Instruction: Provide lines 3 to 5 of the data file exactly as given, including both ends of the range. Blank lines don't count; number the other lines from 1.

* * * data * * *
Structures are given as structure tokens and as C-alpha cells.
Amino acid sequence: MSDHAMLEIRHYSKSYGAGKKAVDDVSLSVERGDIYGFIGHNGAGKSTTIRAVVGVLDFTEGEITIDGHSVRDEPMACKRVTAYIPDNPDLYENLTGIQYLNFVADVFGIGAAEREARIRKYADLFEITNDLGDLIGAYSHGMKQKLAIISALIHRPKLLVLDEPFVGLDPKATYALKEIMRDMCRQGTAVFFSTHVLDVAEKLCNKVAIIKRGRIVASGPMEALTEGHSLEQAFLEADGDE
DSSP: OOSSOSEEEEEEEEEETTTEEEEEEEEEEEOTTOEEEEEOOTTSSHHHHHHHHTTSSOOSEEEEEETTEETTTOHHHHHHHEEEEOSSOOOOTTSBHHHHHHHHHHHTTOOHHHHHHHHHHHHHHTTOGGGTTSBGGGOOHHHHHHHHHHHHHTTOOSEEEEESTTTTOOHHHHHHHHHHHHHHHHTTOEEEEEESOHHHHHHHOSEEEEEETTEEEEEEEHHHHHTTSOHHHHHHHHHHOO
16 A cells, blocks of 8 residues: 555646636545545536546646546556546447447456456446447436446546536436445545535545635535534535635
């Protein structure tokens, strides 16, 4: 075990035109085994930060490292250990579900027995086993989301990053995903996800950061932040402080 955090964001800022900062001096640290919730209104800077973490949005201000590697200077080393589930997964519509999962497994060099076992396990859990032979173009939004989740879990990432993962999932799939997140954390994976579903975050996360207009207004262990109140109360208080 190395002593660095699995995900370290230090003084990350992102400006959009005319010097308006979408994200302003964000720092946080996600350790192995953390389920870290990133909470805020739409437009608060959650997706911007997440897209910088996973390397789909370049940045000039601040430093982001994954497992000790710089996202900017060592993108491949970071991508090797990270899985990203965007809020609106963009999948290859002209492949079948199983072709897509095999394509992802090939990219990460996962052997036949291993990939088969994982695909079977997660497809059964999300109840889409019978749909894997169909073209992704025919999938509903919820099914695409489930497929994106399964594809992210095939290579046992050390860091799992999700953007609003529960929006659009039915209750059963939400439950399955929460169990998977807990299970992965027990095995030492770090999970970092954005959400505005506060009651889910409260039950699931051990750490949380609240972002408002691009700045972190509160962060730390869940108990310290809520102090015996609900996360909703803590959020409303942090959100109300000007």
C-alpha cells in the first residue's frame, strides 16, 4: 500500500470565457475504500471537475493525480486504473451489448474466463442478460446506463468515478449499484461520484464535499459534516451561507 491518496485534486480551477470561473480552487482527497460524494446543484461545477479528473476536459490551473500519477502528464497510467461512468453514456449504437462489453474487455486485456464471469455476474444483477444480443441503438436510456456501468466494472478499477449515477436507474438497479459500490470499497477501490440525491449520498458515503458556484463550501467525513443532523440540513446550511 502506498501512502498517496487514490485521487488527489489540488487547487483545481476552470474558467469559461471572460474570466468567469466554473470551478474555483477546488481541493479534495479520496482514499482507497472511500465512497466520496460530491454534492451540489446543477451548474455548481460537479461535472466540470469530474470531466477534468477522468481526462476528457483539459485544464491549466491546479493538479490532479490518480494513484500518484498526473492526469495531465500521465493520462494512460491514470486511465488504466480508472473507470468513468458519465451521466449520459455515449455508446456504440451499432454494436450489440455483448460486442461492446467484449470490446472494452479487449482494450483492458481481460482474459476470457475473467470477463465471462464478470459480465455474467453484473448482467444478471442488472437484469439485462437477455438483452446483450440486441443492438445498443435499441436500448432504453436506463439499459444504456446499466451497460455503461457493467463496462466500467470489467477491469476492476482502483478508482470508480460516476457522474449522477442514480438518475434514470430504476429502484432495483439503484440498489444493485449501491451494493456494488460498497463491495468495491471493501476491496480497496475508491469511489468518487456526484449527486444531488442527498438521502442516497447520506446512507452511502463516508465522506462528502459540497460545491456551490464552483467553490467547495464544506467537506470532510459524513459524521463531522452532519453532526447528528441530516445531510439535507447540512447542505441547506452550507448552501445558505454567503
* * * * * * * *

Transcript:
DSSP: OOSSOSEEEEEEEEEETTTEEEEEEEEEEEOTTOEEEEEOOTTSSHHHHHHHHTTSSOOSEEEEEETTEETTTOHHHHHHHEEEEOSSOOOOTTSBHHHHHHHHHHHTTOOHHHHHHHHHHHHHHTTOGGGTTSBGGGOOHHHHHHHHHHHHHTTOOSEEEEESTTTTOOHHHHHHHHHHHHHHHHTTOEEEEEESOHHHHHHHOSEEEEEETTEEEEEEEHHHHHTTSOHHHHHHHHHHOO
16 A cells, blocks of 8 residues: 555646636545545536546646546556546447447456456446447436446546536436445545535545635535534535635
């Protein structure tokens, strides 16, 4: 075990035109085994930060490292250990579900027995086993989301990053995903996800950061932040402080 955090964001800022900062001096640290919730209104800077973490949005201000590697200077080393589930997964519509999962497994060099076992396990859990032979173009939004989740879990990432993962999932799939997140954390994976579903975050996360207009207004262990109140109360208080 190395002593660095699995995900370290230090003084990350992102400006959009005319010097308006979408994200302003964000720092946080996600350790192995953390389920870290990133909470805020739409437009608060959650997706911007997440897209910088996973390397789909370049940045000039601040430093982001994954497992000790710089996202900017060592993108491949970071991508090797990270899985990203965007809020609106963009999948290859002209492949079948199983072709897509095999394509992802090939990219990460996962052997036949291993990939088969994982695909079977997660497809059964999300109840889409019978749909894997169909073209992704025919999938509903919820099914695409489930497929994106399964594809992210095939290579046992050390860091799992999700953007609003529960929006659009039915209750059963939400439950399955929460169990998977807990299970992965027990095995030492770090999970970092954005959400505005506060009651889910409260039950699931051990750490949380609240972002408002691009700045972190509160962060730390869940108990310290809520102090015996609900996360909703803590959020409303942090959100109300000007």